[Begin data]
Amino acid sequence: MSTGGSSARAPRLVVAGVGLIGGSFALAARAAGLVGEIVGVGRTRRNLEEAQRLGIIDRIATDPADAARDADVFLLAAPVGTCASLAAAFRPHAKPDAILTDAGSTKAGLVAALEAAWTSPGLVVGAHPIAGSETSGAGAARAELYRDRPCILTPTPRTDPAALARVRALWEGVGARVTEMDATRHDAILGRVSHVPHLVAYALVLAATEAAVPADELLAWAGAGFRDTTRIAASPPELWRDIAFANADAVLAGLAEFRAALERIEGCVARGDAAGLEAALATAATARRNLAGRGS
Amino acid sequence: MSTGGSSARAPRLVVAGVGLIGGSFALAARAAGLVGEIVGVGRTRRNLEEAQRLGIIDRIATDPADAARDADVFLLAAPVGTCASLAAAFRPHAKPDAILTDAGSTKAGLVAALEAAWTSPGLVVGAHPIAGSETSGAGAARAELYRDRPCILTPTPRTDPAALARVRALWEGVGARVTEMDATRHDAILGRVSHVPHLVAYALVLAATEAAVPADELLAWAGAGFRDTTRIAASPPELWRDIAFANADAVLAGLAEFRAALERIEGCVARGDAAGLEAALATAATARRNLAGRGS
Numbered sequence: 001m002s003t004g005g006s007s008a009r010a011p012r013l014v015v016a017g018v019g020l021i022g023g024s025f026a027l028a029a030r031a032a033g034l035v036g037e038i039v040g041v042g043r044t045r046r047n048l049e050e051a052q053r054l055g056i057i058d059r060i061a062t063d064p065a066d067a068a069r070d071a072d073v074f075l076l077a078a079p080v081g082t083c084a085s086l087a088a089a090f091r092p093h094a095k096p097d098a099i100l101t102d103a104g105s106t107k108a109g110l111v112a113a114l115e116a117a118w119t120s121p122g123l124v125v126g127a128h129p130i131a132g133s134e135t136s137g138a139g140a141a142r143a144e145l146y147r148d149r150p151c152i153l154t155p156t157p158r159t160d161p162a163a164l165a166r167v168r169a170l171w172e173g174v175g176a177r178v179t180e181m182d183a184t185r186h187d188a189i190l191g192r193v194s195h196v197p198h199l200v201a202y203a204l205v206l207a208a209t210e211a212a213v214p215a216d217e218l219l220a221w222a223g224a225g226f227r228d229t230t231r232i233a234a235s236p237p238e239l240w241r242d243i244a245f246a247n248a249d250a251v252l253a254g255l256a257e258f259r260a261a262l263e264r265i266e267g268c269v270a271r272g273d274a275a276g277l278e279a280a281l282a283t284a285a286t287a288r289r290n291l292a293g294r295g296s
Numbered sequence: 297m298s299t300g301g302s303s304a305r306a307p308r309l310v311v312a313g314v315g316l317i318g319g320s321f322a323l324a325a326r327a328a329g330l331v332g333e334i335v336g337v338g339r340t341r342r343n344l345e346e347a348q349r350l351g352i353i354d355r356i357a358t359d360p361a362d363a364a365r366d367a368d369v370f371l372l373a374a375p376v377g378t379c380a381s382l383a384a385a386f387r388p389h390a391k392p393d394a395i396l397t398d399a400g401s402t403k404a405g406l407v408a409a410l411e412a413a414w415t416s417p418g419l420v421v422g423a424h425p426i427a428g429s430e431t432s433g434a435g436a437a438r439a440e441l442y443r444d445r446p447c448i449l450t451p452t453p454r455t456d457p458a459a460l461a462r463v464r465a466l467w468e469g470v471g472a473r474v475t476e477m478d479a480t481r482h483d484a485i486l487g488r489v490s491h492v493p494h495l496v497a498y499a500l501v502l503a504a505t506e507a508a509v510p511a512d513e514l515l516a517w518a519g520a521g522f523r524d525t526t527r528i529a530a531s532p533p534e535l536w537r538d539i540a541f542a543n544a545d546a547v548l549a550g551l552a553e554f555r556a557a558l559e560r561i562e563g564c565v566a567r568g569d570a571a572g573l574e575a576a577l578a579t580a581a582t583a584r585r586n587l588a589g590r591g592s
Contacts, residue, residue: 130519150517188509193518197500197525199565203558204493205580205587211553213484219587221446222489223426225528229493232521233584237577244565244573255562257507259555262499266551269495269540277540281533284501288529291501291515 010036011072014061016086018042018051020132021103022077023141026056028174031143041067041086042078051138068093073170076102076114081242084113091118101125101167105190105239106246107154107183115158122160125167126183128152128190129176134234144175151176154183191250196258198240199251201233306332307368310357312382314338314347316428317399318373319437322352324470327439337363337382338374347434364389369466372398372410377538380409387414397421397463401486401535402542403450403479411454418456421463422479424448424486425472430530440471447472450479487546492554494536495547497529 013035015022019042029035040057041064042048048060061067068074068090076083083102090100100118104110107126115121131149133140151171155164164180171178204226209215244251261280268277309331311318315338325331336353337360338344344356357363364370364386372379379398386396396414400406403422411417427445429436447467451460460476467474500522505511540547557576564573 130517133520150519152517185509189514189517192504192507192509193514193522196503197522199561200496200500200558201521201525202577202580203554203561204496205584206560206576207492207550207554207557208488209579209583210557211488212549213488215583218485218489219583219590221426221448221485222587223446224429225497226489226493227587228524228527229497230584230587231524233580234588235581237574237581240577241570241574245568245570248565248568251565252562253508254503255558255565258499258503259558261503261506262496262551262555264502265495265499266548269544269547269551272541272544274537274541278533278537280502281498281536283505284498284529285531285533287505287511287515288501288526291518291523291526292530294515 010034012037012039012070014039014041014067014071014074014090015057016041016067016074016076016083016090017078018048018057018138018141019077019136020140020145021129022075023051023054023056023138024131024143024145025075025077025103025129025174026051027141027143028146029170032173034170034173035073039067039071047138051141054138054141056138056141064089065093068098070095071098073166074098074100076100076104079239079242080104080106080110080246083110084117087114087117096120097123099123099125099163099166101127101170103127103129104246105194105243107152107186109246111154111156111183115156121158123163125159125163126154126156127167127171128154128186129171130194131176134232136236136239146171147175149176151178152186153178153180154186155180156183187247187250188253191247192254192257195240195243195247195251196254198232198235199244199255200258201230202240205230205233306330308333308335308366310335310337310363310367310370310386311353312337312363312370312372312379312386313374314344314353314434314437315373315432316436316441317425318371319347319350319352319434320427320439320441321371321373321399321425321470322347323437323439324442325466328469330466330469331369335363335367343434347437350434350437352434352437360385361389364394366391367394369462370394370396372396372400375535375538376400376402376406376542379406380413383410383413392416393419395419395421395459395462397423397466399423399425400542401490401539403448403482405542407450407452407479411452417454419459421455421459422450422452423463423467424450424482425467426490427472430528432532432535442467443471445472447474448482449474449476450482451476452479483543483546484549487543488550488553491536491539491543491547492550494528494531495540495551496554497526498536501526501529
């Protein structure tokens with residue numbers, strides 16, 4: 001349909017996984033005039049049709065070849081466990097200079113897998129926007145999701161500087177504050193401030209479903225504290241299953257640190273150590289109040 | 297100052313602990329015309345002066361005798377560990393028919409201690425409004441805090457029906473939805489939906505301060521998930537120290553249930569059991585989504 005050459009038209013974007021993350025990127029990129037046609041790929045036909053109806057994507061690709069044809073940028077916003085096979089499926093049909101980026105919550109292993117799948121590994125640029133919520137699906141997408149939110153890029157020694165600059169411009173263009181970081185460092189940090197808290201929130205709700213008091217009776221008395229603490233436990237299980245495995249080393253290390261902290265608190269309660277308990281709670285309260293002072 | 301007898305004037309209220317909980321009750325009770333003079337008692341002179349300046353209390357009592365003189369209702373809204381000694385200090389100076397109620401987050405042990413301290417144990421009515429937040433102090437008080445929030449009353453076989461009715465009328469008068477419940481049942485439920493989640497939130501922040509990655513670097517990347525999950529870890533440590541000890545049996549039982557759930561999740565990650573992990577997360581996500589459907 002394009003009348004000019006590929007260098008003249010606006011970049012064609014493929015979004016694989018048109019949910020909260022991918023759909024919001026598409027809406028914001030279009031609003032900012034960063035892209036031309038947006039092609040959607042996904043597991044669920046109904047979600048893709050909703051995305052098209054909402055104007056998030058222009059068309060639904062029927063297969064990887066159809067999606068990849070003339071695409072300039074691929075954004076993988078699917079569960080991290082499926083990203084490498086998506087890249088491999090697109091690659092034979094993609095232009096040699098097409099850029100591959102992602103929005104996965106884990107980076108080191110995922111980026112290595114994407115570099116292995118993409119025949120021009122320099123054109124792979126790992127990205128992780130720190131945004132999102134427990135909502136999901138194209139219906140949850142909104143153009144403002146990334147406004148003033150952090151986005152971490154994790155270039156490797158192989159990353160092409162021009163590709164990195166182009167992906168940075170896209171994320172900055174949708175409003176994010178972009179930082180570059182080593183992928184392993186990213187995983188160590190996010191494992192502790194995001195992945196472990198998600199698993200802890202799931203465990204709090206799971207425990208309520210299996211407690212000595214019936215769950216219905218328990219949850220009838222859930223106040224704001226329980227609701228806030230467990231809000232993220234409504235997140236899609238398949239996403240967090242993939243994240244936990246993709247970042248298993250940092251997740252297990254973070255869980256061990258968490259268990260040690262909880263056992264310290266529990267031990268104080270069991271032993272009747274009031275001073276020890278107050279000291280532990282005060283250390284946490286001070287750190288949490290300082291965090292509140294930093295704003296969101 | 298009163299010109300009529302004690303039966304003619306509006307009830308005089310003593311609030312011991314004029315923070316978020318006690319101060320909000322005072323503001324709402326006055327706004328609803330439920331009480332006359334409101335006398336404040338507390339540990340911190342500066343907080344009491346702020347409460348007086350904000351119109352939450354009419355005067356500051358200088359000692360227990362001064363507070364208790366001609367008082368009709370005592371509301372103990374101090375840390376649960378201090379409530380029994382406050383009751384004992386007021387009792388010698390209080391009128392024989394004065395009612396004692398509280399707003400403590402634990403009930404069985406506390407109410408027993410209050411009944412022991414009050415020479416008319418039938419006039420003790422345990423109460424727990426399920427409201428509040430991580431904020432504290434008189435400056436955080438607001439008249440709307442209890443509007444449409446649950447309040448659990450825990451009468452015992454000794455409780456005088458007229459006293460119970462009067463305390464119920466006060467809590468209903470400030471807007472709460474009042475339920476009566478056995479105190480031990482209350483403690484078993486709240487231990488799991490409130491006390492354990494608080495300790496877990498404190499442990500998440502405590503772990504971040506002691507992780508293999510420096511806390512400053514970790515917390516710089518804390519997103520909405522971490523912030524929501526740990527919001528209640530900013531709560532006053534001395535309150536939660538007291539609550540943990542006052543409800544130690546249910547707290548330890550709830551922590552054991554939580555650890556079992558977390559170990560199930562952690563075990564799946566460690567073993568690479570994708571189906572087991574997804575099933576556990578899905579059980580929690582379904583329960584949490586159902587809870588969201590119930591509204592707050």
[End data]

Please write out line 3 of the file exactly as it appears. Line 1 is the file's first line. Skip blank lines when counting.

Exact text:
Numbered sequence: 001m002s003t004g005g006s007s008a009r010a011p012r013l014v015v016a017g018v019g020l021i022g023g024s025f026a027l028a029a030r031a032a033g034l035v036g037e038i039v040g041v042g043r044t045r046r047n048l049e050e051a052q053r054l055g056i057i058d059r060i061a062t063d064p065a066d067a068a069r070d071a072d073v074f075l076l077a078a079p080v081g082t083c084a085s086l087a088a089a090f091r092p093h094a095k096p097d098a099i100l101t102d103a104g105s106t107k108a109g110l111v112a113a114l115e116a117a118w119t120s121p122g123l124v125v126g127a128h129p130i131a132g133s134e135t136s137g138a139g140a141a142r143a144e145l146y147r148d149r150p151c152i153l154t155p156t157p158r159t160d161p162a163a164l165a166r167v168r169a170l171w172e173g174v175g176a177r178v179t180e181m182d183a184t185r186h187d188a189i190l191g192r193v194s195h196v197p198h199l200v201a202y203a204l205v206l207a208a209t210e211a212a213v214p215a216d217e218l219l220a221w222a223g224a225g226f227r228d229t230t231r232i233a234a235s236p237p238e239l240w241r242d243i244a245f246a247n248a249d250a251v252l253a254g255l256a257e258f259r260a261a262l263e264r265i266e267g268c269v270a271r272g273d274a275a276g277l278e279a280a281l282a283t284a285a286t287a288r289r290n291l292a293g294r295g296s